Five misconceptions search marketers should be talking about
Search marketing accounted for half of all UK digital ad spend in 2018 and for brands, it’s all about making it easy for consumers to find them easily on the internet. As this industry continues to mature, the misconceptions and misunderstandings around it, from marketers are impacting the marketing process, according to The Drum Search Awards 2019 judging panel.
What are the greatest misconceptions when it comes to implementing search in marketing strategies? At Search Awards 2019 judging day (entries for 2020 are now open), we spoke to industry experts from Lego, iCrossing, Neo, Jellyfish, Volkswagen at PHD Global and Telegraph Media Group on the most pressing issues facing search marketing at the moment.
Five misconceptions search marketers should be talking about
Shiny social formats
One thing that Emily Van Lierop, global head of search and social, Volkswagen at PHD Global sees often with marketing directors, is those on the client side who oversee multi-channels but are only looking at shiny formats like Facebook, “which don’t translate to search,” she said.
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Marketers sometimes have expectations or become a bit worried by some of the more glamourous images and video formats. “That trend will come to search as well,” Van Lierop continued. “Lead ad format. YouTube is going to be bringing that as a format but the whole concept is taking a lead directly to your CRM system (or whichever your lead platform is) and going around the website.”
The growing issue will come from those who are only using on site metrics to track the impact of search by paid and organic. “You might fall short in the future with regards to the different ad formats,” Van Lierop added.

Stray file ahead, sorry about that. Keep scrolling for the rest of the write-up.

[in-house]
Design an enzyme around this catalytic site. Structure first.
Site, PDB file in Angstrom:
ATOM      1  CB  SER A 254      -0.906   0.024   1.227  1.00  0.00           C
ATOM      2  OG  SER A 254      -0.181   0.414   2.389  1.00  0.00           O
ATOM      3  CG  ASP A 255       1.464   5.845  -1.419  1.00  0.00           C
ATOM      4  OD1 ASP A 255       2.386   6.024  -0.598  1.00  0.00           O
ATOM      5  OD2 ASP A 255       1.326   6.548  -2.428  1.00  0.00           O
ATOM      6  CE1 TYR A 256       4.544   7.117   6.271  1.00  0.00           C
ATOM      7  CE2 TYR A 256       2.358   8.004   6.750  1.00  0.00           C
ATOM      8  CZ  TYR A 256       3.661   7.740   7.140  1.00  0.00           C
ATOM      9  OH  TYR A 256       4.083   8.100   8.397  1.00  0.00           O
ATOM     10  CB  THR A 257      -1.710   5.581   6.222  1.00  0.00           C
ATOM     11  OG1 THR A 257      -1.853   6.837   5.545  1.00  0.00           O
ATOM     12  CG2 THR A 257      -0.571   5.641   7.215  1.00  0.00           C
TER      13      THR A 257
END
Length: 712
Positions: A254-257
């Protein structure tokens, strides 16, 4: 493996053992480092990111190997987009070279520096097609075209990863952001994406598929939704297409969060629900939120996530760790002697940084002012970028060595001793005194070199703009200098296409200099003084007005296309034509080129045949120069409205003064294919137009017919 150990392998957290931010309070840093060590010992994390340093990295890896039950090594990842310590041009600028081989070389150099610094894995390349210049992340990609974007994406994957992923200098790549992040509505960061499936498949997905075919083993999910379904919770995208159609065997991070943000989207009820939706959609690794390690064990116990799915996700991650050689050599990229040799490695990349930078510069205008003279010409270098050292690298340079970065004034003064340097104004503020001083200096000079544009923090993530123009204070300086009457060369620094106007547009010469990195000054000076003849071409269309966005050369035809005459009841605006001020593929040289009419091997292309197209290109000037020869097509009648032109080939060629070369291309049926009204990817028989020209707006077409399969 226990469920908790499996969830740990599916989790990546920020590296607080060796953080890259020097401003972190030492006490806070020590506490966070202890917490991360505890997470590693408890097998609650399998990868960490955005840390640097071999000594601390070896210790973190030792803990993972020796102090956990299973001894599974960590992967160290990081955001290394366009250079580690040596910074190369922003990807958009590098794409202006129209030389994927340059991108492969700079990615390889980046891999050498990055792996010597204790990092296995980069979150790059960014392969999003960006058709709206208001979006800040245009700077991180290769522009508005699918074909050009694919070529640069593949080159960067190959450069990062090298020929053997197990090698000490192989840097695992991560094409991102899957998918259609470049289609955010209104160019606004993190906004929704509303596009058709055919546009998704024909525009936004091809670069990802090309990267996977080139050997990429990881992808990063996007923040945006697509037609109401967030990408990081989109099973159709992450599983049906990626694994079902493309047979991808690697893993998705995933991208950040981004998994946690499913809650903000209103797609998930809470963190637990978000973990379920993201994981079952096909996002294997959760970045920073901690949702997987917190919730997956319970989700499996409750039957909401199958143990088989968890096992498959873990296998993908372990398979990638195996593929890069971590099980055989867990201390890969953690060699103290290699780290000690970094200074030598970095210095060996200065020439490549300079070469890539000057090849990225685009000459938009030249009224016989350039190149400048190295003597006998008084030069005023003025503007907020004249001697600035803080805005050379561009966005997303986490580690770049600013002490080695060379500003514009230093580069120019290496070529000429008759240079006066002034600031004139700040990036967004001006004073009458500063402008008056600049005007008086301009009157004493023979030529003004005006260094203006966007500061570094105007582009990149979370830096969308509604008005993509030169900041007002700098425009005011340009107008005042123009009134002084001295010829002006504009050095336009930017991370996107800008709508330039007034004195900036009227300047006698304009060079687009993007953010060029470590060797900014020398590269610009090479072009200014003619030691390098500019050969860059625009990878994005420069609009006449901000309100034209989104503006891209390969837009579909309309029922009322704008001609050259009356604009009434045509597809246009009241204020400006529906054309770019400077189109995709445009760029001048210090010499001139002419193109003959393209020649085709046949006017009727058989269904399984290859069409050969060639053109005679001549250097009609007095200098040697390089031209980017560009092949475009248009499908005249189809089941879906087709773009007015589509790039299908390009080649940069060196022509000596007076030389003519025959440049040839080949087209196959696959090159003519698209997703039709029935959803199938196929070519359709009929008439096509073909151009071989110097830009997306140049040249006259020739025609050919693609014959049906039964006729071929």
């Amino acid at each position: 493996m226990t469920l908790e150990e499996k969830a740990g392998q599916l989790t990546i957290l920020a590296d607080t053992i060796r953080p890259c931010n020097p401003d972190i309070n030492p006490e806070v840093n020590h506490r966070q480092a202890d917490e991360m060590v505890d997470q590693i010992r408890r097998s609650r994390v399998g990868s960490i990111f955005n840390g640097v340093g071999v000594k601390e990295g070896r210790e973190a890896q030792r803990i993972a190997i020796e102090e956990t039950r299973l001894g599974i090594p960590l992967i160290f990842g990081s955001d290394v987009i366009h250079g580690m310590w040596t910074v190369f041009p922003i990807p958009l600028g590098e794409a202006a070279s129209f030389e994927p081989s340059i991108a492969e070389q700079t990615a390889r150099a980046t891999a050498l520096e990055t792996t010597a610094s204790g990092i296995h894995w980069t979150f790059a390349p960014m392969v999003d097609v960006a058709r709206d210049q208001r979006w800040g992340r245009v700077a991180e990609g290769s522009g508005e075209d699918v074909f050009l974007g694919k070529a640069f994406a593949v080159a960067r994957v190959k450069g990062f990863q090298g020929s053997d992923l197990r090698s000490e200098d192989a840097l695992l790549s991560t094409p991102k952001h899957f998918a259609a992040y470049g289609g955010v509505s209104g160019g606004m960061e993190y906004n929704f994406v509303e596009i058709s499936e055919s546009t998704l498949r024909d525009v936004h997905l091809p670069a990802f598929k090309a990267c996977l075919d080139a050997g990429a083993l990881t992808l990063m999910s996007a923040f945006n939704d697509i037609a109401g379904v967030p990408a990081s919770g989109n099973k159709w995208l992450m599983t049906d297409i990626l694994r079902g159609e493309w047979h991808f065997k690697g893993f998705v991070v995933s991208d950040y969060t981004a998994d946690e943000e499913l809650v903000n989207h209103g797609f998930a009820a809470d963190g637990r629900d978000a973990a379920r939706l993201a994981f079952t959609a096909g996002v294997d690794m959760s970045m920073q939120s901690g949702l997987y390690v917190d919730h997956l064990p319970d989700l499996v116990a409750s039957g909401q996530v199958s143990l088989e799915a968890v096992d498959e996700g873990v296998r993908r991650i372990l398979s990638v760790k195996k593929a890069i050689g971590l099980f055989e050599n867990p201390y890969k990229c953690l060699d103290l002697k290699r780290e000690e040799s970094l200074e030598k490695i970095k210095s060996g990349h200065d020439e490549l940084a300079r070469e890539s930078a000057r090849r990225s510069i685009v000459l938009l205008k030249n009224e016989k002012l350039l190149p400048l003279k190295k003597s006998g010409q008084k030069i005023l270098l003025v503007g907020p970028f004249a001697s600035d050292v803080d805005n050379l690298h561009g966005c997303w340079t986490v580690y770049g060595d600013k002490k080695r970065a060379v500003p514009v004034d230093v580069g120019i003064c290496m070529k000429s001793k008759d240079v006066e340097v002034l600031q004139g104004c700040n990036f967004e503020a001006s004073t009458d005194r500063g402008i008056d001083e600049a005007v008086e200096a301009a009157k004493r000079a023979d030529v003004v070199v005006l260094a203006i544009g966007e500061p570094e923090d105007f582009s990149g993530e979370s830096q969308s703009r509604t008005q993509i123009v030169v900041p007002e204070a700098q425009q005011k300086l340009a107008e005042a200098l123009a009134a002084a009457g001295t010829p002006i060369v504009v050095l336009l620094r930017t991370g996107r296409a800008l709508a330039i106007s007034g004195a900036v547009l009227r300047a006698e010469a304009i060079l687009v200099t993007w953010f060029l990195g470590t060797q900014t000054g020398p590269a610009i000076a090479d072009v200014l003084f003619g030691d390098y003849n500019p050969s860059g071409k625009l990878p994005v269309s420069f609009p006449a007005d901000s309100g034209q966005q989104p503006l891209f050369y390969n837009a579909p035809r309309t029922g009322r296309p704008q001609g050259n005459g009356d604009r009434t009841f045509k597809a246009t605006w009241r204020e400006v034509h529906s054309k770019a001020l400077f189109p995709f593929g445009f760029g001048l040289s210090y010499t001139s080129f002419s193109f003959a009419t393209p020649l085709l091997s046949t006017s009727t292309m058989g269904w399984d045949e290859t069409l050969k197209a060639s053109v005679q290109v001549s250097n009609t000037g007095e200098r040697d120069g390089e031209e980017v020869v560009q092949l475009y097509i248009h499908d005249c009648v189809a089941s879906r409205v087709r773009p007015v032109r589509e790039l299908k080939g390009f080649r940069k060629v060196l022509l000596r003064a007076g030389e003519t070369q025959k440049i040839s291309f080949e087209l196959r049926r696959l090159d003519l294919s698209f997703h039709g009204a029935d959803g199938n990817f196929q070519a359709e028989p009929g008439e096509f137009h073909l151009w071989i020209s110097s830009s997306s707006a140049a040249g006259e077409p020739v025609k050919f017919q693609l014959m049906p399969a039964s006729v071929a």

Search is not a channel
Many marketers are looking at search as a challenge, thinks Luis Navarrete Gómez
head of global search marketing at LEGO Group. The industry tends to think about conversion and revenue, KPIs and how they can measure that. However, the biggest misconception, according to Navarrete Gómez, is that search is not a channel, it's an experience that happens across multiple channels.
“A potential customer might search for a product on Google, Amazon, a product demonstration on YouTube or an app that might support their experience later on. The audiences, I see quite often, are still very structured in channels.
“Take a look at the PPC team and the SEO team, who don't normally talk much to each other. If you want to do something a little bit more advance on Amazon, either they don't have the capabilities or they need to have someone or they have a team that sits in the US because that's where the Amazon specialists are sitting. How are we really being audience first when the last thing that we think about is the audience?”
Looking holistically at how audiences are engaging with brands across search as an experience, added Gómez, the industry still looking at SEO, paid web search and Amazon search as a channel. They are trying to measure that out but it's very difficult to join those channels and understand what is really the brand experience that you have when you search.
Contributing to awareness
Another misconception is that search doesn't contribute to the awareness part of the Google funnel, insisted Rob Pierre, chief executive officer of Jellyfish.